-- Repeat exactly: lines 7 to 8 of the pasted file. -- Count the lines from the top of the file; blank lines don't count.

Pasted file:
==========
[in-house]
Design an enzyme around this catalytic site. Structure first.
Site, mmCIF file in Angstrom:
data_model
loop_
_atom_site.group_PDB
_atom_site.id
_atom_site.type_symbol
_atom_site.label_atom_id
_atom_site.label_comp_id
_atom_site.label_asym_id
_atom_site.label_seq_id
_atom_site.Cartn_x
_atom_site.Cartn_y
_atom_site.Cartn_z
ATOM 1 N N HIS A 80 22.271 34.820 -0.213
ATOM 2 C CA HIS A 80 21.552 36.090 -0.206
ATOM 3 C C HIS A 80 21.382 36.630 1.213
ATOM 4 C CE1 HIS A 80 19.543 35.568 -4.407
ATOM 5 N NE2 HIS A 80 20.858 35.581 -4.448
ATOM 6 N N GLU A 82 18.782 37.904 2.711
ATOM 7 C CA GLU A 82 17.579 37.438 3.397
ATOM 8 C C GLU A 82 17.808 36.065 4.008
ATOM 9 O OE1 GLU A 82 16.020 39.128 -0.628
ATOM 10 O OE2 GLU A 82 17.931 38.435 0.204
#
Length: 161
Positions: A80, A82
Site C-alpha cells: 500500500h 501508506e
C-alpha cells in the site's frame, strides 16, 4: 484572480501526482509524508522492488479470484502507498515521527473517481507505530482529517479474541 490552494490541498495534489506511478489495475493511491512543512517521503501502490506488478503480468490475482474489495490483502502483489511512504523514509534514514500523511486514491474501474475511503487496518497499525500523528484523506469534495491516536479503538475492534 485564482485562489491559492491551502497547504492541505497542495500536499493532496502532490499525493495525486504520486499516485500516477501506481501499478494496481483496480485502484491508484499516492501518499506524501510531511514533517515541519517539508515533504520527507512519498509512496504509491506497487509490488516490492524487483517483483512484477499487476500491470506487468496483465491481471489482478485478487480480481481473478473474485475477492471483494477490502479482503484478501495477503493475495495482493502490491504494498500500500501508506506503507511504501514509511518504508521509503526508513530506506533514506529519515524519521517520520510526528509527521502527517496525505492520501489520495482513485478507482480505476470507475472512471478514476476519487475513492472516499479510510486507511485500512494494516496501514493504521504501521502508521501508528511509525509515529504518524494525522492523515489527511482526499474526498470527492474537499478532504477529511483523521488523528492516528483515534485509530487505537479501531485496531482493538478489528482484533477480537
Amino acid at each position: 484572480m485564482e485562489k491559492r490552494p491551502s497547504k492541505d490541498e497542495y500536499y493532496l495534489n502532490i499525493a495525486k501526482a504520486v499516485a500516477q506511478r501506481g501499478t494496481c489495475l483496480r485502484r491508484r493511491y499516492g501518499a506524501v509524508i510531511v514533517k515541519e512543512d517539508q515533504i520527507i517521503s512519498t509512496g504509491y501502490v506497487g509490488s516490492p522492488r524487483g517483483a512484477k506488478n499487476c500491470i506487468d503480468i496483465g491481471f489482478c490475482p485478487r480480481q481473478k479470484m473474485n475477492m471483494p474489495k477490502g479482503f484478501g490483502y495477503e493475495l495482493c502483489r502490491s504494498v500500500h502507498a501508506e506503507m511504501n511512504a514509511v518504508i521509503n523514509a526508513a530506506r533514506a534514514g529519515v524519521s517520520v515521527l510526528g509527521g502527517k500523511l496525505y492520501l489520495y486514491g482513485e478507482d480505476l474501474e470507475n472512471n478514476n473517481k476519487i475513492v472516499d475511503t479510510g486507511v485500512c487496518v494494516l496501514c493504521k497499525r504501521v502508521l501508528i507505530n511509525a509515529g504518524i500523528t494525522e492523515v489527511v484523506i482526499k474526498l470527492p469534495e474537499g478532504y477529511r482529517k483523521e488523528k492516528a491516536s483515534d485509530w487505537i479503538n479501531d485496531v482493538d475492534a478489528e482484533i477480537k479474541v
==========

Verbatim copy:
_atom_site.id
_atom_site.type_symbol